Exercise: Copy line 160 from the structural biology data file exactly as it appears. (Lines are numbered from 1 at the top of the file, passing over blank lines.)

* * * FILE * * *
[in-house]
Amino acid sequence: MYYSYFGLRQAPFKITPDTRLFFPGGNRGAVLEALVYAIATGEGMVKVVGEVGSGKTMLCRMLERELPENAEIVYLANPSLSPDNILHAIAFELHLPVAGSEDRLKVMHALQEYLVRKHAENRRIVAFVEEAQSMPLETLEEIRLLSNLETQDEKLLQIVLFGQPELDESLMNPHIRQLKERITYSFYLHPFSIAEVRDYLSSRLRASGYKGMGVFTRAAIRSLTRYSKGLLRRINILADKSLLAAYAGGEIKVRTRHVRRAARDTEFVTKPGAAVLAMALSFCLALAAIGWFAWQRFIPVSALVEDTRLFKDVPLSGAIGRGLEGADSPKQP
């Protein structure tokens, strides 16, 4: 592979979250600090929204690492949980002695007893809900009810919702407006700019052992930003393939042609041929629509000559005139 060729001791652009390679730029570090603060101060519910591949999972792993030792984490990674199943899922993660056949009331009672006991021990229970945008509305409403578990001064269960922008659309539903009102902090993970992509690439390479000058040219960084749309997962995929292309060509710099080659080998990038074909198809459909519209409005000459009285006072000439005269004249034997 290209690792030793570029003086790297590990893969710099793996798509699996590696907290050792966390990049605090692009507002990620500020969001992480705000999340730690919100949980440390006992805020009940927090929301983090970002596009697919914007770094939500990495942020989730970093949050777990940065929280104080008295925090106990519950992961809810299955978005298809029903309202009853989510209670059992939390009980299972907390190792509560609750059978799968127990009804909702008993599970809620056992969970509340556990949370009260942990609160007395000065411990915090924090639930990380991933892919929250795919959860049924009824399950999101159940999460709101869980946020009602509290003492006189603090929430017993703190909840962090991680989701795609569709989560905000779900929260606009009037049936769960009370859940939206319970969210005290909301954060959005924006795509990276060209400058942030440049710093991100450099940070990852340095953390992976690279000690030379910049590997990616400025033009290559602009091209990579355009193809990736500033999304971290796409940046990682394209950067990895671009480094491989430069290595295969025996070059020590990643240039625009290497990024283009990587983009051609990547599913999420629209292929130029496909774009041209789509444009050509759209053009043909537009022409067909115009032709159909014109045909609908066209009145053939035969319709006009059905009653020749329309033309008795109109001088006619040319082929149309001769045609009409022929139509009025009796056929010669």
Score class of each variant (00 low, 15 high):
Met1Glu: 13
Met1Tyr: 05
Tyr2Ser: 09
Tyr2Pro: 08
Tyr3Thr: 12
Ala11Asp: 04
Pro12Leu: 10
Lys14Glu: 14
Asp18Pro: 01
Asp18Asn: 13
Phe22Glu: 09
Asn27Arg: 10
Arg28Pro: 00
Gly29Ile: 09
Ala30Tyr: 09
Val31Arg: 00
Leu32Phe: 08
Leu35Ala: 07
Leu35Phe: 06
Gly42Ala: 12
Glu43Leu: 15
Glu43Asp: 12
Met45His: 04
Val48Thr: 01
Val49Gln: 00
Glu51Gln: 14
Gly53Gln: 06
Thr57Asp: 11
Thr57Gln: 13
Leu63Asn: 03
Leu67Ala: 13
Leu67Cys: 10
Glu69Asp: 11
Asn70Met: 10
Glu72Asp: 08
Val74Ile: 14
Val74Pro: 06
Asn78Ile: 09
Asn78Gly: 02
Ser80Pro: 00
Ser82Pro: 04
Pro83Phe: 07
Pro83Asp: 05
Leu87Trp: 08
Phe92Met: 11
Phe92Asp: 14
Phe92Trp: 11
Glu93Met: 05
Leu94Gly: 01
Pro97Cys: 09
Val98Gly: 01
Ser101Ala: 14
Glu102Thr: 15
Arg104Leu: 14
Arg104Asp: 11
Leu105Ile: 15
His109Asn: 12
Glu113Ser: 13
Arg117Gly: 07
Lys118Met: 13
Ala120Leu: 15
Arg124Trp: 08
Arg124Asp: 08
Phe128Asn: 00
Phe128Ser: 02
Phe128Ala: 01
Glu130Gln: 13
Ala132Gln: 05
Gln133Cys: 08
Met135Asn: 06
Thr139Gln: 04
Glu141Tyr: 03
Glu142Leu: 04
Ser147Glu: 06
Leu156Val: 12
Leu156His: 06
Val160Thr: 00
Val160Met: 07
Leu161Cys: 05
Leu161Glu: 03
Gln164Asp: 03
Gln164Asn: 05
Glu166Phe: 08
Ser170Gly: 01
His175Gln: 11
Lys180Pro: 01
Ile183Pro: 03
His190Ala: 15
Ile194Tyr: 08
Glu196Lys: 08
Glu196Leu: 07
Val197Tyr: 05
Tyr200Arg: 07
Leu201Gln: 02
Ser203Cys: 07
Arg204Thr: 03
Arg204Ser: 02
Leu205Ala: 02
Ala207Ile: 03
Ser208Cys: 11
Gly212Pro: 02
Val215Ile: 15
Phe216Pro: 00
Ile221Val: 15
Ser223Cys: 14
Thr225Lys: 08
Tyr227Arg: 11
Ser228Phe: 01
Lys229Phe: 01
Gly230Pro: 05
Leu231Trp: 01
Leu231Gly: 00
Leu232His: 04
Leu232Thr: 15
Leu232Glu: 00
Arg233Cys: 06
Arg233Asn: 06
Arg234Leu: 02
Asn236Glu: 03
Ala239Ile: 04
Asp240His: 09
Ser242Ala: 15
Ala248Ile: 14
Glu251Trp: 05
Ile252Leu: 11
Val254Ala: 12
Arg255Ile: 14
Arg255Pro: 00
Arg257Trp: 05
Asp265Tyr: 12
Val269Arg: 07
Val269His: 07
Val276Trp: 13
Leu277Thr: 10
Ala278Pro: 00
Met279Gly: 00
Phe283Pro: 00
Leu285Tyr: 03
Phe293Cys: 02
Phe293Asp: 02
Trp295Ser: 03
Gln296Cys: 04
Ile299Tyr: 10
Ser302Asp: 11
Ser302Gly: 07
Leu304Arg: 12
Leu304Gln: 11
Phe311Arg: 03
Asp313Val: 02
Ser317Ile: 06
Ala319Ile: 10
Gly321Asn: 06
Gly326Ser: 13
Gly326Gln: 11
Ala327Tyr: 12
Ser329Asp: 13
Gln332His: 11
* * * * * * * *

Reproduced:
Ser329Asp: 13